Increasing urban sprawl is creating more homes for people by taking away habitats for wildlife, forcing nature's creatures to become vagabonds on the move or leaving them homeless on the streets.
According to a report from the Sierra Club
, about 2.2 million acres of open space, including parks, farms and natural areas are lost to sprawl each year.
However, others are fighting to reverse this damage from development by providing food, water and shelter for evicted animals, transforming their own backyards into wildlife sanctuaries.
Detroit Lakes resident, Liz Ballard, lives in town not far from Highway 10. Entering her yard from the paved sidewalk, one steps through an arch of native vines into a haven of ferns and wildflowers with birds chirping, bees buzzing and chipmunks running across his or her feet.
Though Ballard said that she started her gardens when she moved into town for her own benefit, as well — to use as an escape from the city.
"I've always been a country girl," Ballard said. "I missed seeing the animals."
National Wildlife Federation Ambassador for the Wildlife Habitat Program and sustainable garden landscaper, Mat Paulson, said that the trend of natural gardening is increasing in northern Minnesota as homeowners learn more about the many benefits.
Sustainable gardening attracts wildlife and also helps the environment, reducing dependency on pesticides, improving air and soil quality and cutting down energy use on regular garden maintenance.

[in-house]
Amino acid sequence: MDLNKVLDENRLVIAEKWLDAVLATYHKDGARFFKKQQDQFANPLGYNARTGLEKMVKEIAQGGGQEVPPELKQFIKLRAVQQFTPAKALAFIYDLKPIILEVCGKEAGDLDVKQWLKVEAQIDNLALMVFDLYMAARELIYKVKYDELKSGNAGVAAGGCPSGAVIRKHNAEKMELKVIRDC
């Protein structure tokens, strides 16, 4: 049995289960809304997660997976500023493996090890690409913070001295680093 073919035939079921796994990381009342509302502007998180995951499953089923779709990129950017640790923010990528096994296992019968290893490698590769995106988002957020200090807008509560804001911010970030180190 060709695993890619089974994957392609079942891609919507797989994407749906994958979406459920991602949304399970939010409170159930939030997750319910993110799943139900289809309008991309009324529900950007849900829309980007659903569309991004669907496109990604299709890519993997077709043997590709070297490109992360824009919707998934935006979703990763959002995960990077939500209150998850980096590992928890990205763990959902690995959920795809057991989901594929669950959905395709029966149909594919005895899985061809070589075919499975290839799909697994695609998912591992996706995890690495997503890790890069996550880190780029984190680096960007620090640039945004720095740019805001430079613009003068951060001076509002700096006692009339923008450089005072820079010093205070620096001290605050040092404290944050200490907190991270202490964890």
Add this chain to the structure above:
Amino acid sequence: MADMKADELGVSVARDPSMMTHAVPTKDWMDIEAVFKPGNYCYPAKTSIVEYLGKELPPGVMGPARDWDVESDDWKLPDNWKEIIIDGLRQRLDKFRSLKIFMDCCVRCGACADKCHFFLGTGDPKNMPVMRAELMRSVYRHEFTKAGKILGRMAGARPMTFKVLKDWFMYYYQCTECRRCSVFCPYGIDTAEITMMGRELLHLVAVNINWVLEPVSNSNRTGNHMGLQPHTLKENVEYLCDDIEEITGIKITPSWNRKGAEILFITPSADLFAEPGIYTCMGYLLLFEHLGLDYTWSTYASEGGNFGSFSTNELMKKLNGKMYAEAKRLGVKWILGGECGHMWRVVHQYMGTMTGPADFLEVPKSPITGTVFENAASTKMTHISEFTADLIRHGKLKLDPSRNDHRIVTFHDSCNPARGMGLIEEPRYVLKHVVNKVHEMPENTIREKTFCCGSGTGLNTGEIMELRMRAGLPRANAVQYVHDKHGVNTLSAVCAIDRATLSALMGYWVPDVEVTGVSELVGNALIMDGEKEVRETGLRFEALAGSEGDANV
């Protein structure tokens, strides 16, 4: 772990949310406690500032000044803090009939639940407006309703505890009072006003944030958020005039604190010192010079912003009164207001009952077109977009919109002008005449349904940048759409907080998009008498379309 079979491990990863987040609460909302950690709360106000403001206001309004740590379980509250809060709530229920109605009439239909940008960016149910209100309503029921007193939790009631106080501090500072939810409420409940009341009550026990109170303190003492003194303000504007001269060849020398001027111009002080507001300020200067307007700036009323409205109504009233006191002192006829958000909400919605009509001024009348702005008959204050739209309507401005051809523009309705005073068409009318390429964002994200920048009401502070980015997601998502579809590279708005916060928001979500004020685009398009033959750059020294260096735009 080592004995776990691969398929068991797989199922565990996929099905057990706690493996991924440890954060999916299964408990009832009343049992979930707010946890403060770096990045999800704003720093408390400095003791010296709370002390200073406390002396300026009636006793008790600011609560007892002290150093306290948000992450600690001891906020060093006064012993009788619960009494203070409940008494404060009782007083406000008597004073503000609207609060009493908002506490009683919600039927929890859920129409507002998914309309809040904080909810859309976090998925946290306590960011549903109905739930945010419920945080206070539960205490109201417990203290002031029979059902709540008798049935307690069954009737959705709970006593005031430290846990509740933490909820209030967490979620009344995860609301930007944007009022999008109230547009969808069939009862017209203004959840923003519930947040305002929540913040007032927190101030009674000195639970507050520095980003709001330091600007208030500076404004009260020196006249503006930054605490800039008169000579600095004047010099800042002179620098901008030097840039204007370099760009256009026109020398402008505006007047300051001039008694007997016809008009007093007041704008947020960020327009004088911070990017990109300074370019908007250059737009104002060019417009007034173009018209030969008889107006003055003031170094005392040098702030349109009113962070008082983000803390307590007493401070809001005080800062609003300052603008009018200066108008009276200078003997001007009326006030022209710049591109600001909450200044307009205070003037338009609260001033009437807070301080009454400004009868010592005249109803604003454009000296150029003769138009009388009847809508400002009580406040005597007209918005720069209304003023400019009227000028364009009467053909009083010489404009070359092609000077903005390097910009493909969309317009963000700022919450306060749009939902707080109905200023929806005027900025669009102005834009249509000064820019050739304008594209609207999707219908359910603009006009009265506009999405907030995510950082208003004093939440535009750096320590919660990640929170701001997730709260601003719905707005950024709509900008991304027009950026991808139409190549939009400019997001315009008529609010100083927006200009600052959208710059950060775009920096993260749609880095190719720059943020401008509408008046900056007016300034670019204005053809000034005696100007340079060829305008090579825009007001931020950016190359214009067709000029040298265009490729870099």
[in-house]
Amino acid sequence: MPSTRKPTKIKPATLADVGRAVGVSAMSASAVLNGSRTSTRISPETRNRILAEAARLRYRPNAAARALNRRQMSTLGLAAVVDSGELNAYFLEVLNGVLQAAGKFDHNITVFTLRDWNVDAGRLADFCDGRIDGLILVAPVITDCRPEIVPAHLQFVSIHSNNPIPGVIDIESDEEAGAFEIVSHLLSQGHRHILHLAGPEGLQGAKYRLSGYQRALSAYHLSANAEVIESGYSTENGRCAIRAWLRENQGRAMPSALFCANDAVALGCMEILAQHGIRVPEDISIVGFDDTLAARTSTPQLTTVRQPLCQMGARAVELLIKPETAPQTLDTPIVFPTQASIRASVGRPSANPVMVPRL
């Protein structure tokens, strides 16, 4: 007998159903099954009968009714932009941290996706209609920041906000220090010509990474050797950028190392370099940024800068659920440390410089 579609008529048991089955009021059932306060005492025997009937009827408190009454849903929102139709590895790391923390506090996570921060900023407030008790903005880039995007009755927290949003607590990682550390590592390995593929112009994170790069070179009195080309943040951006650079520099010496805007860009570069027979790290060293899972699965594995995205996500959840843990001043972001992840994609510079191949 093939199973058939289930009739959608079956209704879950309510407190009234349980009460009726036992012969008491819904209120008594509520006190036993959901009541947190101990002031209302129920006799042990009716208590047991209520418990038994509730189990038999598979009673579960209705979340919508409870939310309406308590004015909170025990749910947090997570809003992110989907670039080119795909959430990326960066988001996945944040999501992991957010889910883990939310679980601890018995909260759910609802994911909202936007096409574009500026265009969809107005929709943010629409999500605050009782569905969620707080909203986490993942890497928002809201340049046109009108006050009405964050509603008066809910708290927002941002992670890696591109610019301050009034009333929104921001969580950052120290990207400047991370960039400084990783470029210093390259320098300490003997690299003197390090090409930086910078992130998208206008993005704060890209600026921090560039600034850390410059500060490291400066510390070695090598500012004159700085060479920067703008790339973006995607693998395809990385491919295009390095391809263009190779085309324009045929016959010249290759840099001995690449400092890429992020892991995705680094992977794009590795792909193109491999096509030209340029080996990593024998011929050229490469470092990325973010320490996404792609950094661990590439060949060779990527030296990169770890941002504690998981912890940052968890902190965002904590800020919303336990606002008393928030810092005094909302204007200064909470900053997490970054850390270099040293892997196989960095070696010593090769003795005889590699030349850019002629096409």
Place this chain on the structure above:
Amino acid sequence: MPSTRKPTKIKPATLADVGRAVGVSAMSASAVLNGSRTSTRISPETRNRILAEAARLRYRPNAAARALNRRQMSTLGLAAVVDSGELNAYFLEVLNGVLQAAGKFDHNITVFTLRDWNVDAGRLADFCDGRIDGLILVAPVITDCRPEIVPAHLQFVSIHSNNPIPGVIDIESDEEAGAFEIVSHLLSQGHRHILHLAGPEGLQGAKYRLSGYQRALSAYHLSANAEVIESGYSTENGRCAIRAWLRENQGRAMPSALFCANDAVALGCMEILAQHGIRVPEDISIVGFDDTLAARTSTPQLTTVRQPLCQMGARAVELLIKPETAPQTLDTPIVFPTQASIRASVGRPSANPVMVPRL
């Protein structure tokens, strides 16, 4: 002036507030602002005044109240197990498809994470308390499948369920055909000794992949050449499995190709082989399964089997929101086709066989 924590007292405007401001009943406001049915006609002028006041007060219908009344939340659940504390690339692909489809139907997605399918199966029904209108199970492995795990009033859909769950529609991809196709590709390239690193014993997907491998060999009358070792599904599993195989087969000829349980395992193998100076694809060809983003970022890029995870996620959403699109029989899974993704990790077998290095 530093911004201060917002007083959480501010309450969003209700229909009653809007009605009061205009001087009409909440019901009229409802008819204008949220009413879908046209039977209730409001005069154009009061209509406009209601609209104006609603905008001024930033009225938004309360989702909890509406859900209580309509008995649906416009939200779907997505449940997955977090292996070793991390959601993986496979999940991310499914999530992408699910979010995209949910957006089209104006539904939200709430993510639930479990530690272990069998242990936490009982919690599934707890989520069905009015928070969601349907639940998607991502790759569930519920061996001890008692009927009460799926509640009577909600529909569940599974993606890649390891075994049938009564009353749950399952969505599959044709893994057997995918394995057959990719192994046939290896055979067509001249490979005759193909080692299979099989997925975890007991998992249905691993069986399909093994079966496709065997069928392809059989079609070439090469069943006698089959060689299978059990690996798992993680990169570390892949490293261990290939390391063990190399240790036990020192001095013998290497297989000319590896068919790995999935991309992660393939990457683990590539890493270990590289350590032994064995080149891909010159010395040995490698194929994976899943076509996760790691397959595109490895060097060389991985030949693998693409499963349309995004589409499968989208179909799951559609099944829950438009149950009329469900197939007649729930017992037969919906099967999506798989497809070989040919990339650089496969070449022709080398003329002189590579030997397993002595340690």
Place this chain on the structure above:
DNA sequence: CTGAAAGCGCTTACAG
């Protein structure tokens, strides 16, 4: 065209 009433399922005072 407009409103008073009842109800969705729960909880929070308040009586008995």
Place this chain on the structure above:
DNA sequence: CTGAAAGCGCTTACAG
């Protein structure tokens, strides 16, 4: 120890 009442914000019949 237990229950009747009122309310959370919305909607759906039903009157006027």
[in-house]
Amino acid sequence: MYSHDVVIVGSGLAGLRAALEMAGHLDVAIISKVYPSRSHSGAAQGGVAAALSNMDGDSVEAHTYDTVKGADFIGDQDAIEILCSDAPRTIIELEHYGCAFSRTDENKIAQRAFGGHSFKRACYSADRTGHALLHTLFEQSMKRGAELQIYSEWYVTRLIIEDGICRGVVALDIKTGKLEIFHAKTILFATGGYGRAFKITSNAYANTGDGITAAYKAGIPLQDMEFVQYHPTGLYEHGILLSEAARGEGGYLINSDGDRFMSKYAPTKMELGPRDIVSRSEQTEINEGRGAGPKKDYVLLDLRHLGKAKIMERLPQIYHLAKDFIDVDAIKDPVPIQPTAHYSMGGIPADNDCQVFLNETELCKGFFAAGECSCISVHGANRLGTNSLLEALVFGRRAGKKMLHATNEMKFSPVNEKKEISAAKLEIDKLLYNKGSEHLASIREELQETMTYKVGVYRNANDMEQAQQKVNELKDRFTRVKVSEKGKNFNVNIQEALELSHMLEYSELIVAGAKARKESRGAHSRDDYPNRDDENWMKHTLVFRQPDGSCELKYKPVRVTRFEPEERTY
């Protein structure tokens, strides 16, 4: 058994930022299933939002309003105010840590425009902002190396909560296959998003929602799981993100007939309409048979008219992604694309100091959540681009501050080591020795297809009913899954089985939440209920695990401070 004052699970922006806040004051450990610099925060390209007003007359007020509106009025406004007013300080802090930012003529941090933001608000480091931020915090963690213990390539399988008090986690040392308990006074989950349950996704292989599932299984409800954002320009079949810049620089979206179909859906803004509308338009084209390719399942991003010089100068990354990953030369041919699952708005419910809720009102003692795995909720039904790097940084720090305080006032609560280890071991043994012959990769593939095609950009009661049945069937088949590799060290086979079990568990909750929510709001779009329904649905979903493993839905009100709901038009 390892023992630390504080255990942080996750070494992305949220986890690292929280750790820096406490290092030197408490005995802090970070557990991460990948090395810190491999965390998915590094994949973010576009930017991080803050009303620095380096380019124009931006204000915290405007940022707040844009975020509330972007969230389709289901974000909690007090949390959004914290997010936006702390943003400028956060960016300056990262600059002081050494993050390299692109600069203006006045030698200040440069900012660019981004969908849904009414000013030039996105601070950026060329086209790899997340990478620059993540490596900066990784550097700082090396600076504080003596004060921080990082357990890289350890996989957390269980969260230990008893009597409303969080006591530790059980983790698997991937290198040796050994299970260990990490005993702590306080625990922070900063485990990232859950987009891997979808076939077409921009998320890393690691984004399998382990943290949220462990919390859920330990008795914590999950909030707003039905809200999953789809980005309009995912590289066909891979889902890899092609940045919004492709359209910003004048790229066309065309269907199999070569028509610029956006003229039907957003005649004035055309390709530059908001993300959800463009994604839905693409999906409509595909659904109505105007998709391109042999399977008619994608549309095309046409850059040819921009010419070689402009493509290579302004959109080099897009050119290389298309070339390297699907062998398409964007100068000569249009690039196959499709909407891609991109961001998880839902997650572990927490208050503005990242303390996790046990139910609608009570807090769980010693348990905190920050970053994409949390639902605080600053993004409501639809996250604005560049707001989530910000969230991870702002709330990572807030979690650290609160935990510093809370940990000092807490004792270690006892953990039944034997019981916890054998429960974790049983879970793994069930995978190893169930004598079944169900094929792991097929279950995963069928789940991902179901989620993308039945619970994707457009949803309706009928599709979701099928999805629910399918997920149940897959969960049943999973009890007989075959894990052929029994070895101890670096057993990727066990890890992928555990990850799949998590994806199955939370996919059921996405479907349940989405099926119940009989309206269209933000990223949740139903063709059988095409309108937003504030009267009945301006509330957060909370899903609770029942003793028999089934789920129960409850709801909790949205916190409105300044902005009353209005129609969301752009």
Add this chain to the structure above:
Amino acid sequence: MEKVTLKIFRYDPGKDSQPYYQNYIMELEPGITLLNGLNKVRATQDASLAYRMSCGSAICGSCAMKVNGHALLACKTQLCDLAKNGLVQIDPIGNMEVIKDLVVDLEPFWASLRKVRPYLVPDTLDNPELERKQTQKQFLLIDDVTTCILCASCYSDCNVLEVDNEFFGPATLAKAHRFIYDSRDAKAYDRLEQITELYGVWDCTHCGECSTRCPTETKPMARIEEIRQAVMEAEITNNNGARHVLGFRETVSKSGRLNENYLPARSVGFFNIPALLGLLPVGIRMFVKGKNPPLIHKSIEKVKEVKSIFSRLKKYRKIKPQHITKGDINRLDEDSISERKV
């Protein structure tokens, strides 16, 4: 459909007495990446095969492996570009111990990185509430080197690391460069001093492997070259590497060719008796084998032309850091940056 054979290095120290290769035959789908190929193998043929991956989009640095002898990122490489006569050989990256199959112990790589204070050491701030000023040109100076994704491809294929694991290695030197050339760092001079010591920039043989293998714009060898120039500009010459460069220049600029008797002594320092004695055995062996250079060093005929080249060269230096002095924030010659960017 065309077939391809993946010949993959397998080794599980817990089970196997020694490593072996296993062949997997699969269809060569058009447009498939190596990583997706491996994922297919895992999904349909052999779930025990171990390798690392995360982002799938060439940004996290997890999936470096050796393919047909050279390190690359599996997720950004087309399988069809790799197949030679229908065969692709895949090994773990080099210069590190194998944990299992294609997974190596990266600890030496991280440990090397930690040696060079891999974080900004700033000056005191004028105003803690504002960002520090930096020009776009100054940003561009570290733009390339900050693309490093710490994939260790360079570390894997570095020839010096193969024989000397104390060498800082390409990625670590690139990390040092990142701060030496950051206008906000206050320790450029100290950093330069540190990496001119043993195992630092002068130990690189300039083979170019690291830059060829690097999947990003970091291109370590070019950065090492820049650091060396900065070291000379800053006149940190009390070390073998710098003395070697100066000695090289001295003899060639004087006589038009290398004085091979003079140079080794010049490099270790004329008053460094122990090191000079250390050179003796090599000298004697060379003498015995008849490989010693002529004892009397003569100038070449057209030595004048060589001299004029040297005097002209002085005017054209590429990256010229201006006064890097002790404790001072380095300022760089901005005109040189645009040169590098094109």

Paulson also said that natural gardening is beneficial for your pocketbook. As native plants and shrubs are already tolerant of Minnesota weather conditions, less care and cash need to be put toward watering and expensive fertilizers.
According to the National Wildlife Federation
, attracting wildlife is a simple accomplishment that can be done easily by incorporating the four components of wildlife habitat into your backyard:
• Food — This may include providing bushes with berries, flowers with nectar and pollen or supplemental bird, squirrel and butterfly feeders.
• Water — There needs to be presence of standing water that wildlife can access for drinking and bathing. This can include seasonal pools, birdbaths, rain gardens or ponds.
• Cover — Wildlife need shelter from bad weather conditions and predators such as wooded areas, bramble patches, rock piles and roosting boxes.
• Places to raise young — Wildlife also require special areas to bear young. Some examples include mature trees, dead trees, dense shrubs and nesting boxes.
Incorporating these habitat conditions into your yard will make your home a portal to the great outdoors and provide a much needed sanctuary within an urban setting.